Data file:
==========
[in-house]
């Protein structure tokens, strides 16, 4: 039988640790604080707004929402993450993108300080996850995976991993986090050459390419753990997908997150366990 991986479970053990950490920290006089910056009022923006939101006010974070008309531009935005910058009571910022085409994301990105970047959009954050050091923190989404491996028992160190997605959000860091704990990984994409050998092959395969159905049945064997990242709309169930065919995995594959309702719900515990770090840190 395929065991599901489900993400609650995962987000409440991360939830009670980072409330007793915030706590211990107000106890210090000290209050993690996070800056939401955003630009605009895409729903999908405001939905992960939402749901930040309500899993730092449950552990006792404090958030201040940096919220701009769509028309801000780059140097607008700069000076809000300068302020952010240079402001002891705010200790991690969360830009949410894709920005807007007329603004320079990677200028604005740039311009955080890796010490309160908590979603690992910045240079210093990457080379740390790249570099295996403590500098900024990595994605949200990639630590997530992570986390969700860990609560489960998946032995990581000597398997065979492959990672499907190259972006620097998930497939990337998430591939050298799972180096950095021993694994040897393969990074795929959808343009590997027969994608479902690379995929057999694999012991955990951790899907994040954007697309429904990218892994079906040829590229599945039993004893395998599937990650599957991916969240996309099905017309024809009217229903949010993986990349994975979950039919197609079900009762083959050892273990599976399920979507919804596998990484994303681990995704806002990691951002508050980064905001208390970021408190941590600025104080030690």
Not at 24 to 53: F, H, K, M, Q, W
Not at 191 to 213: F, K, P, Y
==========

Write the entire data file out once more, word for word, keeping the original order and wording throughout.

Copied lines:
[in-house]
């Protein structure tokens, strides 16, 4: 039988640790604080707004929402993450993108300080996850995976991993986090050459390419753990997908997150366990 991986479970053990950490920290006089910056009022923006939101006010974070008309531009935005910058009571910022085409994301990105970047959009954050050091923190989404491996028992160190997605959000860091704990990984994409050998092959395969159905049945064997990242709309169930065919995995594959309702719900515990770090840190 395929065991599901489900993400609650995962987000409440991360939830009670980072409330007793915030706590211990107000106890210090000290209050993690996070800056939401955003630009605009895409729903999908405001939905992960939402749901930040309500899993730092449950552990006792404090958030201040940096919220701009769509028309801000780059140097607008700069000076809000300068302020952010240079402001002891705010200790991690969360830009949410894709920005807007007329603004320079990677200028604005740039311009955080890796010490309160908590979603690992910045240079210093990457080379740390790249570099295996403590500098900024990595994605949200990639630590997530992570986390969700860990609560489960998946032995990581000597398997065979492959990672499907190259972006620097998930497939990337998430591939050298799972180096950095021993694994040897393969990074795929959808343009590997027969994608479902690379995929057999694999012991955990951790899907994040954007697309429904990218892994079906040829590229599945039993004893395998599937990650599957991916969240996309099905017309024809009217229903949010993986990349994975979950039919197609079900009762083959050892273990599976399920979507919804596998990484994303681990995704806002990691951002508050980064905001208390970021408190941590600025104080030690």
Not at 24 to 53: F, H, K, M, Q, W
Not at 191 to 213: F, K, P, Y